As online criminal activity evolves, we need to continue R&D
10 February, 2021
Secure networks are often used by law enforcement to protect their systems and safeguard the victims they’re working with. They are a necessary implementation that add security to sensitive networks – but they also introduce tangible barriers to the progress of intelligence gathering, sharing and analysis. In this blog we discuss how investigators use high side networks and the challenges of investigating under secure conditions.
The difference between a network that is labelled as secure, and one that isn’t, is the level of security or classification.
A secure network will have a higher level of security regulation than its more open side alternative. There will likely be digital and potentially physical security layers surrounding this network, such as strict authorisations and on-premise restrictions.
For example, a lower classification network could have direct access to any external, public or unsecured network. In comparison, a secure network (or air gap, or air gapped network) could be entirely disconnected from any external networks, including the internet.
These are two extreme examples. In reality, law enforcement agencies (LEAs) will employ a spectrum of security parameters in between and likely have various classification levels and access allowances for different users. Agencies may use networks with different levels of security for different purposes.
Other common features and restrictions:
Users can’t transfer binary data from a secure terminal within an air gap network to another, external network.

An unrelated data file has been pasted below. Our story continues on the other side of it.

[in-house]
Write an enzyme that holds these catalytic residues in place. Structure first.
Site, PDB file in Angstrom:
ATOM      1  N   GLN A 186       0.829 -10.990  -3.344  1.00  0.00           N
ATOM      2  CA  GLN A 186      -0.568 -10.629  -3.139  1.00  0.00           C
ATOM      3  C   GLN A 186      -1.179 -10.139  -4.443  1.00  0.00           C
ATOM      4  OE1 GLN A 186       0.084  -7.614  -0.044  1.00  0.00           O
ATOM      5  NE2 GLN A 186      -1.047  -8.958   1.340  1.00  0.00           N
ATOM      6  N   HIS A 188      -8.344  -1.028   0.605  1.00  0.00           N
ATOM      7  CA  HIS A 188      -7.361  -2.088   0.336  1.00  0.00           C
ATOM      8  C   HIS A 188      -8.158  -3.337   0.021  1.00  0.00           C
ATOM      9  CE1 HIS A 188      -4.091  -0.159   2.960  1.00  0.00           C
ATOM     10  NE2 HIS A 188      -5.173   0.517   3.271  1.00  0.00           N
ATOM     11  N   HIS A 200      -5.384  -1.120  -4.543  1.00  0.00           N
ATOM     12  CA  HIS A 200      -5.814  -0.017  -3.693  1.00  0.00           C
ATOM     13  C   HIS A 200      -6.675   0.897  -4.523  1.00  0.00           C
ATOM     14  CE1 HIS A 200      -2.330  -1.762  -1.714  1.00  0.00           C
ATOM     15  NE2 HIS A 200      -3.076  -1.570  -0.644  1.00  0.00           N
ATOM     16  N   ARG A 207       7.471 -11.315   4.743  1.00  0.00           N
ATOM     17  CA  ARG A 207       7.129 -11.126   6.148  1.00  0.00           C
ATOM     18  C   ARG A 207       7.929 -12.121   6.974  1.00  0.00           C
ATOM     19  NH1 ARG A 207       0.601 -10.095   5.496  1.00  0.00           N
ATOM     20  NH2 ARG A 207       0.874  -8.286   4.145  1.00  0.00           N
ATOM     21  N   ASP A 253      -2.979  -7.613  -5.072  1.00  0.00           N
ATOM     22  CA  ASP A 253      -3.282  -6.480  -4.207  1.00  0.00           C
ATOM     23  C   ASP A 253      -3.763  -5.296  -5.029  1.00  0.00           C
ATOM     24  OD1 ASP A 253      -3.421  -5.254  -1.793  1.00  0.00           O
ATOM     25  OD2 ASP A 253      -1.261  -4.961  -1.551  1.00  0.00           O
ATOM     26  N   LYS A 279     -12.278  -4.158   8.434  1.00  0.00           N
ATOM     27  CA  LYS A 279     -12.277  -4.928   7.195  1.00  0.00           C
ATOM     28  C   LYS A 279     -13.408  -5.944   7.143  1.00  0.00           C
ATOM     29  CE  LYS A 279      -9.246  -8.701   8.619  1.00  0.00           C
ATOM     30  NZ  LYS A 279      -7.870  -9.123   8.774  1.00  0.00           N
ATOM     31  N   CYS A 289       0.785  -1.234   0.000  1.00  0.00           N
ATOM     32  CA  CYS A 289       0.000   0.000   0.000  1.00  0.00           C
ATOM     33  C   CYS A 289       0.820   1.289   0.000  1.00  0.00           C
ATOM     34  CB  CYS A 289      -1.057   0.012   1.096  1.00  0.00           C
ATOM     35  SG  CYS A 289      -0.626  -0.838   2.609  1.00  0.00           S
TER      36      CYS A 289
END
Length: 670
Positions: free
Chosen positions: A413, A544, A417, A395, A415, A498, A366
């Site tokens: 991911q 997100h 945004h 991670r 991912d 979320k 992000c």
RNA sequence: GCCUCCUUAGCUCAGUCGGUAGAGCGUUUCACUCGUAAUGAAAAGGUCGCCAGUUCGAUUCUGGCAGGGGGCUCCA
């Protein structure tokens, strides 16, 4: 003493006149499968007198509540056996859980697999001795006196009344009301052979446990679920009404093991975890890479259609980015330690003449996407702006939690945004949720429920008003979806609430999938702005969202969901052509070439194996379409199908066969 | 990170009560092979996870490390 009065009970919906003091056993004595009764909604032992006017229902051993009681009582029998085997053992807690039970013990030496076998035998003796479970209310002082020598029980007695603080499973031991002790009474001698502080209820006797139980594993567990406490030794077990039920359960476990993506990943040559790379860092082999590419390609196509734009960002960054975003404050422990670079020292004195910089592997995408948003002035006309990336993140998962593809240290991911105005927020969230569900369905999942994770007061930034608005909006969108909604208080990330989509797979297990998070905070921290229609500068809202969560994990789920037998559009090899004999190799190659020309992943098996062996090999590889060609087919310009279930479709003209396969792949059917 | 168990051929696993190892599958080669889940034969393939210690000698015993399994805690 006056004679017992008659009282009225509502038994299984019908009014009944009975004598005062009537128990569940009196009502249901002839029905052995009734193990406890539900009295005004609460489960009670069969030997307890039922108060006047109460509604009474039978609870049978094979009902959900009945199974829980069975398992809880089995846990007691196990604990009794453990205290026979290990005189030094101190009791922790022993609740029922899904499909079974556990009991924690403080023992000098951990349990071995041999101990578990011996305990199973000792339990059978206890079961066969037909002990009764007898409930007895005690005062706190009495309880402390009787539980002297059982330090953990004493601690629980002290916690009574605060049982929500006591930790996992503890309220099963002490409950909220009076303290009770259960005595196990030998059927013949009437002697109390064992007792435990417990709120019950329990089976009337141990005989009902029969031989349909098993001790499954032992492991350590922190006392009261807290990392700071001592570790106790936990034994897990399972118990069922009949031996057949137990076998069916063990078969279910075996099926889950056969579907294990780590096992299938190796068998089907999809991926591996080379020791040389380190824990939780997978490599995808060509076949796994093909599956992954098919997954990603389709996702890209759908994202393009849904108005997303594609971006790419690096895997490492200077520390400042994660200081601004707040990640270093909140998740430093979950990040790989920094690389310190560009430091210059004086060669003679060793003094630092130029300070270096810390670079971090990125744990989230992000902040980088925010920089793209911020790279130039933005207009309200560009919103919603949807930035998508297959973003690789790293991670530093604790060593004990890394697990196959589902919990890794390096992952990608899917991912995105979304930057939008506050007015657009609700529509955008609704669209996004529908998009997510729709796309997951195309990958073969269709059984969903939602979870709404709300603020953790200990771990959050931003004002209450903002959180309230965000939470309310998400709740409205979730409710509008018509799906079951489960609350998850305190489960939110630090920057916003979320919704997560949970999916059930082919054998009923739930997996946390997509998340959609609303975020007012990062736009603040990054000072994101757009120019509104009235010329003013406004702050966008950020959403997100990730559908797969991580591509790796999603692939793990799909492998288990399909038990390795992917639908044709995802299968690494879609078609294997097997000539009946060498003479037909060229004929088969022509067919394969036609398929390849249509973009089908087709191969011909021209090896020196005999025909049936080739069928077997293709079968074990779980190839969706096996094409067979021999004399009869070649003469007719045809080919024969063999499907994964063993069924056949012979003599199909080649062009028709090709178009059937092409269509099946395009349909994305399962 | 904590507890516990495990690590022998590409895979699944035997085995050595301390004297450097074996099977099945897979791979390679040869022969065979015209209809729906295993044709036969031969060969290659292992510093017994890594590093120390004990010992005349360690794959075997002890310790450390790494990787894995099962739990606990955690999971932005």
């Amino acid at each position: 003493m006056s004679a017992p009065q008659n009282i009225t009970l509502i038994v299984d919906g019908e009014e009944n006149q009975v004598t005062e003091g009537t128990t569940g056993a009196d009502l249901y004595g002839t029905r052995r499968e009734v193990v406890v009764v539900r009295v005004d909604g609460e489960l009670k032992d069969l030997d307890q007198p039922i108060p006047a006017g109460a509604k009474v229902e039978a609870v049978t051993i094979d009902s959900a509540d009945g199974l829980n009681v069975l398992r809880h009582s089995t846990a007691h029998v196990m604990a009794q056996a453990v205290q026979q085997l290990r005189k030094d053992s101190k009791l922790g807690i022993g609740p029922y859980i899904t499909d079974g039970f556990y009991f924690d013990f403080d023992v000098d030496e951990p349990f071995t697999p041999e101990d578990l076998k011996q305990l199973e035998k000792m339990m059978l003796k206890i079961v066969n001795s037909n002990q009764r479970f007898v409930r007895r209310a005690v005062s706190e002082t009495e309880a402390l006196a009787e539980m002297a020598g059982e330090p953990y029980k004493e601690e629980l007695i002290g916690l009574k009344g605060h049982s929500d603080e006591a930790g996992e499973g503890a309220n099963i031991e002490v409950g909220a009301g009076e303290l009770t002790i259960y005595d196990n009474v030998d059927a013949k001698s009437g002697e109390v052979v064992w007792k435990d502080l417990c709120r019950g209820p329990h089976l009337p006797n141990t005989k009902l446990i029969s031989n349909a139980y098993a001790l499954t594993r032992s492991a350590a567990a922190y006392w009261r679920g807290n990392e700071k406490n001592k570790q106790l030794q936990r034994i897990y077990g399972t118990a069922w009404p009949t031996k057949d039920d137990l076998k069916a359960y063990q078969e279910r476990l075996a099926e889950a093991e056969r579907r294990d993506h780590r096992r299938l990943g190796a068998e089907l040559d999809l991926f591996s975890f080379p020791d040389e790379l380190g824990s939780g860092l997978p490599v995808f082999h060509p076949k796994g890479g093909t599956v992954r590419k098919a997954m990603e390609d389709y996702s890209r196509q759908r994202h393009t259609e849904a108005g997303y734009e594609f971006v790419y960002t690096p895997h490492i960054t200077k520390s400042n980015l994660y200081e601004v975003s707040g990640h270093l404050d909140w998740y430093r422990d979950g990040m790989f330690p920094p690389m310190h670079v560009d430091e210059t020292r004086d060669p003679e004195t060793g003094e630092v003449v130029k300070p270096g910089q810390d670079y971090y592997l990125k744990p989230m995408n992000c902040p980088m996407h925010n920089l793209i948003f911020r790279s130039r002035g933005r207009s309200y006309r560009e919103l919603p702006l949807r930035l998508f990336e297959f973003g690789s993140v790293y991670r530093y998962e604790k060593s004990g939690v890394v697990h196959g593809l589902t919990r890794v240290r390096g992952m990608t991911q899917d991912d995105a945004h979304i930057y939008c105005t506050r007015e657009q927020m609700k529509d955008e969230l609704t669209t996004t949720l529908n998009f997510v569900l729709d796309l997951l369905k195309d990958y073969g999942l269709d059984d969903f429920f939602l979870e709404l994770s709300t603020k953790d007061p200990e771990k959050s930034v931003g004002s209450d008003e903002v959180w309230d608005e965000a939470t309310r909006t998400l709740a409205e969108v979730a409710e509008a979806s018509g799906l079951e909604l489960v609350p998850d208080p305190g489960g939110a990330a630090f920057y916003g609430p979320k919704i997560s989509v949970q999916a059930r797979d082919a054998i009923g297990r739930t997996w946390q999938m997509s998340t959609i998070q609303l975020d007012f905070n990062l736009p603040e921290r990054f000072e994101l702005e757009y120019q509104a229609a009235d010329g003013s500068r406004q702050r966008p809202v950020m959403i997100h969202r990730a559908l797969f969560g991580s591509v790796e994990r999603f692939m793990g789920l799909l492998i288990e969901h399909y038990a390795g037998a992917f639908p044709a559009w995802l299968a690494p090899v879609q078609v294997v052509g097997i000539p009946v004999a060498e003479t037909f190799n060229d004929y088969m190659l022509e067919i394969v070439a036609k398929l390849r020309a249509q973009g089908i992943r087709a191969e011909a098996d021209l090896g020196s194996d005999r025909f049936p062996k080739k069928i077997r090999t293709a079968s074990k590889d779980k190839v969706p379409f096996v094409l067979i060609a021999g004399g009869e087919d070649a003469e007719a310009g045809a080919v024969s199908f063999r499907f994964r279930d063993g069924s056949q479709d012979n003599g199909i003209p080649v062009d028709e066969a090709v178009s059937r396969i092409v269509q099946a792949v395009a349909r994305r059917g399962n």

Users can’t access high side networks outside of permitted locations and without using certain system hardware. For example, investigators couldn’t use this network while working from home.
Certain data can be transferred or shared for pressing reasons, for example to be used as evidence in a court case, but this requires an extensive authorisation process and paper trail.
The internet and open-source platforms can be a valuable investigative resource for LEAs, but in many instances, being connected to external sources isn’t worth the associated risks.
Investigating crimes that involve illegal materials, such as child abuse and child sexual exploitation (CSE) cases where imagery has been shared online, must be approached with care and sensitivity. While these images are critical pieces of evidence that must be kept – for example to track perpetrators and identify repeat imagery – the security of these images is always prioritised over ease of access.
The amount of people with access to this material needs to be limited – to reduce the risk of the images being accidentally or purposefully leaked, as well as to protect the victims’ privacy and the mental health of the investigating officers.
And from a more general perspective, LEAs are susceptible to infiltration, cyber attacks, and vulnerabilities just like any other organisation. The difference is the data they’re holding is much more sensitive than a regular commercial enterprise, with serious repercussions if it gets leaked.
Some possible threats include:
Malicious attackers hoping to break in and steal imagery, hack systems, or corrupt data.